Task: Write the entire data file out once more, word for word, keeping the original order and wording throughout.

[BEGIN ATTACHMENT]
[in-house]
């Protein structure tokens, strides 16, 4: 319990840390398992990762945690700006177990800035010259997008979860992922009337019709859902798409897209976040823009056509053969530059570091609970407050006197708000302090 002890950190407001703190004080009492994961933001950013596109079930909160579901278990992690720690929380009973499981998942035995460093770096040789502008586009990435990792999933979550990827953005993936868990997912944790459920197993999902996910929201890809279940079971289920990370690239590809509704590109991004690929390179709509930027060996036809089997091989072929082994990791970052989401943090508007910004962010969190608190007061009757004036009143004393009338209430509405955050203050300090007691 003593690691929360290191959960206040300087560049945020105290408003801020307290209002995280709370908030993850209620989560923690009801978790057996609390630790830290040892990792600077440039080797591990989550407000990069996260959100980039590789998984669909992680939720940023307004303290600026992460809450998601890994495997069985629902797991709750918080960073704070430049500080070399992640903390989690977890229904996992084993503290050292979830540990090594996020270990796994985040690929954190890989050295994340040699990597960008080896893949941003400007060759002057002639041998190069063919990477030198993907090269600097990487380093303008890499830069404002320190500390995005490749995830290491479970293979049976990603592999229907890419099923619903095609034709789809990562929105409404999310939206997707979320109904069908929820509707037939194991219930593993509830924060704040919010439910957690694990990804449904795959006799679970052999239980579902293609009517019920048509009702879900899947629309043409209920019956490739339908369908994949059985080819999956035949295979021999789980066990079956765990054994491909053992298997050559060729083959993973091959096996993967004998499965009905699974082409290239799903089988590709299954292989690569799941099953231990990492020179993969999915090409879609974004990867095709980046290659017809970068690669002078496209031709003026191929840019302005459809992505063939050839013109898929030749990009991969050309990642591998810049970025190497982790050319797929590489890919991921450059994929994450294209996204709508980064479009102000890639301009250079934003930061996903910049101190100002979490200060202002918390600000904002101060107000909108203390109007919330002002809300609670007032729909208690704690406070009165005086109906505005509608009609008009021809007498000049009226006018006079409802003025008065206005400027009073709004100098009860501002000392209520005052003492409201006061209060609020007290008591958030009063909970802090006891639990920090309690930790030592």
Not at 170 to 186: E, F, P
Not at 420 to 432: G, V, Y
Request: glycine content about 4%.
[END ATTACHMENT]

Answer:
[in-house]
């Protein structure tokens, strides 16, 4: 319990840390398992990762945690700006177990800035010259997008979860992922009337019709859902798409897209976040823009056509053969530059570091609970407050006197708000302090 002890950190407001703190004080009492994961933001950013596109079930909160579901278990992690720690929380009973499981998942035995460093770096040789502008586009990435990792999933979550990827953005993936868990997912944790459920197993999902996910929201890809279940079971289920990370690239590809509704590109991004690929390179709509930027060996036809089997091989072929082994990791970052989401943090508007910004962010969190608190007061009757004036009143004393009338209430509405955050203050300090007691 003593690691929360290191959960206040300087560049945020105290408003801020307290209002995280709370908030993850209620989560923690009801978790057996609390630790830290040892990792600077440039080797591990989550407000990069996260959100980039590789998984669909992680939720940023307004303290600026992460809450998601890994495997069985629902797991709750918080960073704070430049500080070399992640903390989690977890229904996992084993503290050292979830540990090594996020270990796994985040690929954190890989050295994340040699990597960008080896893949941003400007060759002057002639041998190069063919990477030198993907090269600097990487380093303008890499830069404002320190500390995005490749995830290491479970293979049976990603592999229907890419099923619903095609034709789809990562929105409404999310939206997707979320109904069908929820509707037939194991219930593993509830924060704040919010439910957690694990990804449904795959006799679970052999239980579902293609009517019920048509009702879900899947629309043409209920019956490739339908369908994949059985080819999956035949295979021999789980066990079956765990054994491909053992298997050559060729083959993973091959096996993967004998499965009905699974082409290239799903089988590709299954292989690569799941099953231990990492020179993969999915090409879609974004990867095709980046290659017809970068690669002078496209031709003026191929840019302005459809992505063939050839013109898929030749990009991969050309990642591998810049970025190497982790050319797929590489890919991921450059994929994450294209996204709508980064479009102000890639301009250079934003930061996903910049101190100002979490200060202002918390600000904002101060107000909108203390109007919330002002809300609670007032729909208690704690406070009165005086109906505005509608009609008009021809007498000049009226006018006079409802003025008065206005400027009073709004100098009860501002000392209520005052003492409201006061209060609020007290008591958030009063909970802090006891639990920090309690930790030592």
Not at 170 to 186: E, F, P
Not at 420 to 432: G, V, Y
Request: glycine content about 4%.